IG: @oldtreebrewery

The Sioux Chef

future of our food

What with all Trump’s handiwork this year, the rights of North America’s indigenous communities seem on shakier ground than ever. So it’s good timing that the Sioux Chef, AKA Sean Sherman, is reviving an ignored slice of North American history. And he’s doing it… through food. Forget tacos and fry-breads, wheat and beef, dairy and sugar. The Sioux Chef’s Indigenous Kitchen cookbook (soon to be restaurant and a string of Indigenous Food Hubs) dispels modern misconceptions of native American food, with a celebration of ingredients from venison to rabbit, lake trout to wild turkey, sage to sumac, plums to purslane. Of native American origin, the Sioux Chef draws from a long forgotten culinary culture that uses wild plants and animals, native crops and methods to inform a new take on what north American food really should, and could, become known for.

IG: @siouxchef

Kate Collyns at Grown Green

future of our food

Magazine editor-turned-veggie grower, Kate Collyns ditched her office career for a life on the land, and now runs a successful, award-winning, sustainable market garden near Bath. After years of learning on the job – with challenges from chiselling swede out of the ground in sub-zero temperatures to picking kale in hail storms to educating customers on seasonal eating (and why they can’t have tomatoes in January) – she’s also written a book, aptly named Gardening for Profit, and shares her knowledge in farming groups and organisations to promote the merits of efficient small-scale farming. These days Kate’s two-acre garden is flourishing, and we’re big fans. Even with an eight-month-old in tow, she still manages to supply Farmdrop with quality greens grown with organic methods. She’ll be back on the site in spring.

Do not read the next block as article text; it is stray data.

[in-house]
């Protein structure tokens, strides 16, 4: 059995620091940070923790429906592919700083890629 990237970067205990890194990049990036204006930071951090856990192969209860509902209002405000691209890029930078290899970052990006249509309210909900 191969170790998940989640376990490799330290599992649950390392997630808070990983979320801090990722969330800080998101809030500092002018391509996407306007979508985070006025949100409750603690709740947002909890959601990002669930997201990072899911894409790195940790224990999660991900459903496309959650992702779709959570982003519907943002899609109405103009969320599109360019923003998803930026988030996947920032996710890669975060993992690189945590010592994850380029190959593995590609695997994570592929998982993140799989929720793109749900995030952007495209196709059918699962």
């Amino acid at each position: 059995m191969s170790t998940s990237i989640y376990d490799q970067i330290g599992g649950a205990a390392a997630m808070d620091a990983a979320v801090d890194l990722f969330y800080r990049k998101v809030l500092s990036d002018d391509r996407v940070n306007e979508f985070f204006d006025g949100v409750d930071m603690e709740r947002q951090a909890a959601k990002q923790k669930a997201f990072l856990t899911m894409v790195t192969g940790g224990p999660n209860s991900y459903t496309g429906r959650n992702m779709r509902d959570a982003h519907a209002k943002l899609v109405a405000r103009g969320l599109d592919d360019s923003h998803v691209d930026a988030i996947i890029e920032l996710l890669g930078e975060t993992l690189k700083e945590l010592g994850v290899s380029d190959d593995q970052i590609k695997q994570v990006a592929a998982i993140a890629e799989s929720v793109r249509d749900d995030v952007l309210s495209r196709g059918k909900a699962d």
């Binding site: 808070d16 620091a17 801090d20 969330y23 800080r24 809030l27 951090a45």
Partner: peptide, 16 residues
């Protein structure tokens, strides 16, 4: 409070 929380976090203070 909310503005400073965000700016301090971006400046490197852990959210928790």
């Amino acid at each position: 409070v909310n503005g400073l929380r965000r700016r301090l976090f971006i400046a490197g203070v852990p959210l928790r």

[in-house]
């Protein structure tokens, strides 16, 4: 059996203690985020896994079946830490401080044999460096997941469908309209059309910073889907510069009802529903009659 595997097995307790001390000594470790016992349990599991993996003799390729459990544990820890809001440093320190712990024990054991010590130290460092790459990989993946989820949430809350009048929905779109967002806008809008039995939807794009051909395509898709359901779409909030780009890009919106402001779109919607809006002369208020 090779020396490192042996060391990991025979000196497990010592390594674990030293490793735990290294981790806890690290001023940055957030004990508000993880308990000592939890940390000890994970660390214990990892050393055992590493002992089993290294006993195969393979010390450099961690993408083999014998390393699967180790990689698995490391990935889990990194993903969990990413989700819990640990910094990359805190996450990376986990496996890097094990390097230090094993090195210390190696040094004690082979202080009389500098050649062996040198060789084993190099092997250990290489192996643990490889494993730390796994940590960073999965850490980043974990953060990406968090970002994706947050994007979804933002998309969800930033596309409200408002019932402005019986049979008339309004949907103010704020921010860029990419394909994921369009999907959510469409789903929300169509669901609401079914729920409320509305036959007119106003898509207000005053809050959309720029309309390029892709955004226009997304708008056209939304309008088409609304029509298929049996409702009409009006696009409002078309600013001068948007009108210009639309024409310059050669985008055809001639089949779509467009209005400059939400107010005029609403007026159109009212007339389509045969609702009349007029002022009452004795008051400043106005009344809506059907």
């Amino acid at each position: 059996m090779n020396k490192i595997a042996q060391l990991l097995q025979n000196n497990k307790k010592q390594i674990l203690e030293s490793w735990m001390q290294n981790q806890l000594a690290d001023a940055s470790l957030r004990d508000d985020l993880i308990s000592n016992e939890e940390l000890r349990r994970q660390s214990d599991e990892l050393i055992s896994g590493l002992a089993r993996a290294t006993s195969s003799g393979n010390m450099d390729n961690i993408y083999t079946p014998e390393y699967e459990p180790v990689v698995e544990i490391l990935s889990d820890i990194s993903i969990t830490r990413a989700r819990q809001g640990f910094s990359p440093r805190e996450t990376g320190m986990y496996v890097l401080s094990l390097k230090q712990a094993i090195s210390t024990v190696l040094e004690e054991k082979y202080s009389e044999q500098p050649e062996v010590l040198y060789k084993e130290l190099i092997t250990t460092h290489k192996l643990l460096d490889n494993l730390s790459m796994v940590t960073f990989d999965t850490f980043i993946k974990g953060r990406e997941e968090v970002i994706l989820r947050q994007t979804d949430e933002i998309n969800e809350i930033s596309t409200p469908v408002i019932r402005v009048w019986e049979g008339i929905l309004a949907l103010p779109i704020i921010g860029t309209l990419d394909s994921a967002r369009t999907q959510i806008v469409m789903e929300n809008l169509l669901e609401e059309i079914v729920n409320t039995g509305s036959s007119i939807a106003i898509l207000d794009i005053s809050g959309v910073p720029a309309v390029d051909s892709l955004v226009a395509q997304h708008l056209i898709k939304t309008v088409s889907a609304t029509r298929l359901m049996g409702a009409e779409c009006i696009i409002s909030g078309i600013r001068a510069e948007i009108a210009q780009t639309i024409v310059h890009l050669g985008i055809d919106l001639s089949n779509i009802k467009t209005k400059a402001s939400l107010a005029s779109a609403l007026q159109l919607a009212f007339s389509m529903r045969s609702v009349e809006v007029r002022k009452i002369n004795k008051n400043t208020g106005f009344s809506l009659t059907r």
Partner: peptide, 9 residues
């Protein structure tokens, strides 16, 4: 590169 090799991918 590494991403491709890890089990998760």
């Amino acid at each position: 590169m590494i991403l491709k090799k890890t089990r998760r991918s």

T: @katecollyns

Neil Rankin

future of our food

Offal lovers unite! The rise of nose-to-tail eating is showing no signs of abating, with more chefs and home-cooks seeking to swap prime cuts for under-loved and often-wasted parts of the animal. One such person is Neil Rankin, chef and owner of Temper Soho, whose focus on using well-reared whole animals, butchering them on site and barbecuing every morsel over open fire pits won him Best Newcomer at the 2017 Observer Food Monthly awards. “I buy a great cow, and then work out how to sell the whole thing. People come in and say they want a sirloin. There are maybe six kilos of sirloin on a carcass of 600 kilos. Every single part of the cow is delicious to eat, it’s just knowing how to cook it.” He knows what he’s talking about.

T: @frontlinechef


future of our food

The revolutionary pop-up restaurant and catering company that ​connects refugee and migrant women with London diners has taken the capital by storm in recent years. Serving up ‘soulful, authentic’ meals, the social enterprise seeks to give women a means to work by putting their cooking skills to good use. After sold-out supper clubs and a Guardian Cook residency, Mazimas has now launched its first online shop, selling jams, spice blends and teas with interesting twists and quality ingredients.